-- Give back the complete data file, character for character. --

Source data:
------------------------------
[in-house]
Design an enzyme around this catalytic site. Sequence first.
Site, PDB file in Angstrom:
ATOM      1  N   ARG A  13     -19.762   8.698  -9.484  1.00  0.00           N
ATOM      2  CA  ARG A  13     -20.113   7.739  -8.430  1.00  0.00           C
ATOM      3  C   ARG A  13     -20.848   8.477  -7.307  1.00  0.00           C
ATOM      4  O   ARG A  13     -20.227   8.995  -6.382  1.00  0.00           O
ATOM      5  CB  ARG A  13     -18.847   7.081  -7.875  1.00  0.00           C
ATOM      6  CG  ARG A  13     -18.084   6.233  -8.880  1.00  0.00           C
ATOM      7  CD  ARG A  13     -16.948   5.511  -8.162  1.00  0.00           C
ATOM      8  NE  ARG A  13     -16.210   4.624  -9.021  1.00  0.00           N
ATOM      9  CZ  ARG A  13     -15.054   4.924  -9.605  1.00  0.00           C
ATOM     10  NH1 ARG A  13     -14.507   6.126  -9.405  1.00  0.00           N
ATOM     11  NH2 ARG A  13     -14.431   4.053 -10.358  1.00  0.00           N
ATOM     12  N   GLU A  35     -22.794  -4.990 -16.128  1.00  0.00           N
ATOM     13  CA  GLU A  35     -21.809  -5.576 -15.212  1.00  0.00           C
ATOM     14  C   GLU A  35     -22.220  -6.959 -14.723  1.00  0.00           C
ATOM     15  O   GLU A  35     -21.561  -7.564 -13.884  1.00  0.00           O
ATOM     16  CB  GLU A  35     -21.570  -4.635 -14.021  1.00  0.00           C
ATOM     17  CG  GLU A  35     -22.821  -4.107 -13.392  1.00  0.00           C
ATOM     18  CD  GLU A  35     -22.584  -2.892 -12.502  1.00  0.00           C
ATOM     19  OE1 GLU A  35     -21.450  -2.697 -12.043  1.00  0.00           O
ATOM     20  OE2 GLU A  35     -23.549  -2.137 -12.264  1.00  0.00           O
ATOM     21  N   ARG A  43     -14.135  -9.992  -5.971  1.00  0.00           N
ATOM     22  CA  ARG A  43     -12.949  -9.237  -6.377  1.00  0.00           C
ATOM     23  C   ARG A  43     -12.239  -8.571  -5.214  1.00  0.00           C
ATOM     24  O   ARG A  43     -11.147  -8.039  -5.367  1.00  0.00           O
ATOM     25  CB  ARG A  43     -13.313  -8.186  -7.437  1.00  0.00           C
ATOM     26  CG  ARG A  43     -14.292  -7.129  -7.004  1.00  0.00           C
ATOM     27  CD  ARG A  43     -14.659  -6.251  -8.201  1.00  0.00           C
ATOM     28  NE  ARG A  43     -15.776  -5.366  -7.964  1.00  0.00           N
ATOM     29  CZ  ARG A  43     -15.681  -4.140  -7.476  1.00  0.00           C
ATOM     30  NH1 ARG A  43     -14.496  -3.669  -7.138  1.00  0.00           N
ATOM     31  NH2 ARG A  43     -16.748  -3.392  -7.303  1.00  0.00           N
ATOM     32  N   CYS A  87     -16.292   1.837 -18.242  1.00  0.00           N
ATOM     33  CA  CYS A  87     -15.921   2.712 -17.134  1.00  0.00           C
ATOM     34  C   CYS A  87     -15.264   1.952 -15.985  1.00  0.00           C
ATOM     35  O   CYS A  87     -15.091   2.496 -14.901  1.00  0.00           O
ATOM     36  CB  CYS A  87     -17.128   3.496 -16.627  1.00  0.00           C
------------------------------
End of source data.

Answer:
[in-house]
Design an enzyme around this catalytic site. Sequence first.
Site, PDB file in Angstrom:
ATOM      1  N   ARG A  13     -19.762   8.698  -9.484  1.00  0.00           N
ATOM      2  CA  ARG A  13     -20.113   7.739  -8.430  1.00  0.00           C
ATOM      3  C   ARG A  13     -20.848   8.477  -7.307  1.00  0.00           C
ATOM      4  O   ARG A  13     -20.227   8.995  -6.382  1.00  0.00           O
ATOM      5  CB  ARG A  13     -18.847   7.081  -7.875  1.00  0.00           C
ATOM      6  CG  ARG A  13     -18.084   6.233  -8.880  1.00  0.00           C
ATOM      7  CD  ARG A  13     -16.948   5.511  -8.162  1.00  0.00           C
ATOM      8  NE  ARG A  13     -16.210   4.624  -9.021  1.00  0.00           N
ATOM      9  CZ  ARG A  13     -15.054   4.924  -9.605  1.00  0.00           C
ATOM     10  NH1 ARG A  13     -14.507   6.126  -9.405  1.00  0.00           N
ATOM     11  NH2 ARG A  13     -14.431   4.053 -10.358  1.00  0.00           N
ATOM     12  N   GLU A  35     -22.794  -4.990 -16.128  1.00  0.00           N
ATOM     13  CA  GLU A  35     -21.809  -5.576 -15.212  1.00  0.00           C
ATOM     14  C   GLU A  35     -22.220  -6.959 -14.723  1.00  0.00           C
ATOM     15  O   GLU A  35     -21.561  -7.564 -13.884  1.00  0.00           O
ATOM     16  CB  GLU A  35     -21.570  -4.635 -14.021  1.00  0.00           C
ATOM     17  CG  GLU A  35     -22.821  -4.107 -13.392  1.00  0.00           C
ATOM     18  CD  GLU A  35     -22.584  -2.892 -12.502  1.00  0.00           C
ATOM     19  OE1 GLU A  35     -21.450  -2.697 -12.043  1.00  0.00           O
ATOM     20  OE2 GLU A  35     -23.549  -2.137 -12.264  1.00  0.00           O
ATOM     21  N   ARG A  43     -14.135  -9.992  -5.971  1.00  0.00           N
ATOM     22  CA  ARG A  43     -12.949  -9.237  -6.377  1.00  0.00           C
ATOM     23  C   ARG A  43     -12.239  -8.571  -5.214  1.00  0.00           C
ATOM     24  O   ARG A  43     -11.147  -8.039  -5.367  1.00  0.00           O
ATOM     25  CB  ARG A  43     -13.313  -8.186  -7.437  1.00  0.00           C
ATOM     26  CG  ARG A  43     -14.292  -7.129  -7.004  1.00  0.00           C
ATOM     27  CD  ARG A  43     -14.659  -6.251  -8.201  1.00  0.00           C
ATOM     28  NE  ARG A  43     -15.776  -5.366  -7.964  1.00  0.00           N
ATOM     29  CZ  ARG A  43     -15.681  -4.140  -7.476  1.00  0.00           C
ATOM     30  NH1 ARG A  43     -14.496  -3.669  -7.138  1.00  0.00           N
ATOM     31  NH2 ARG A  43     -16.748  -3.392  -7.303  1.00  0.00           N
ATOM     32  N   CYS A  87     -16.292   1.837 -18.242  1.00  0.00           N
ATOM     33  CA  CYS A  87     -15.921   2.712 -17.134  1.00  0.00           C
ATOM     34  C   CYS A  87     -15.264   1.952 -15.985  1.00  0.00           C
ATOM     35  O   CYS A  87     -15.091   2.496 -14.901  1.00  0.00           O
ATOM     36  CB  CYS A  87     -17.128   3.496 -16.627  1.00  0.00           C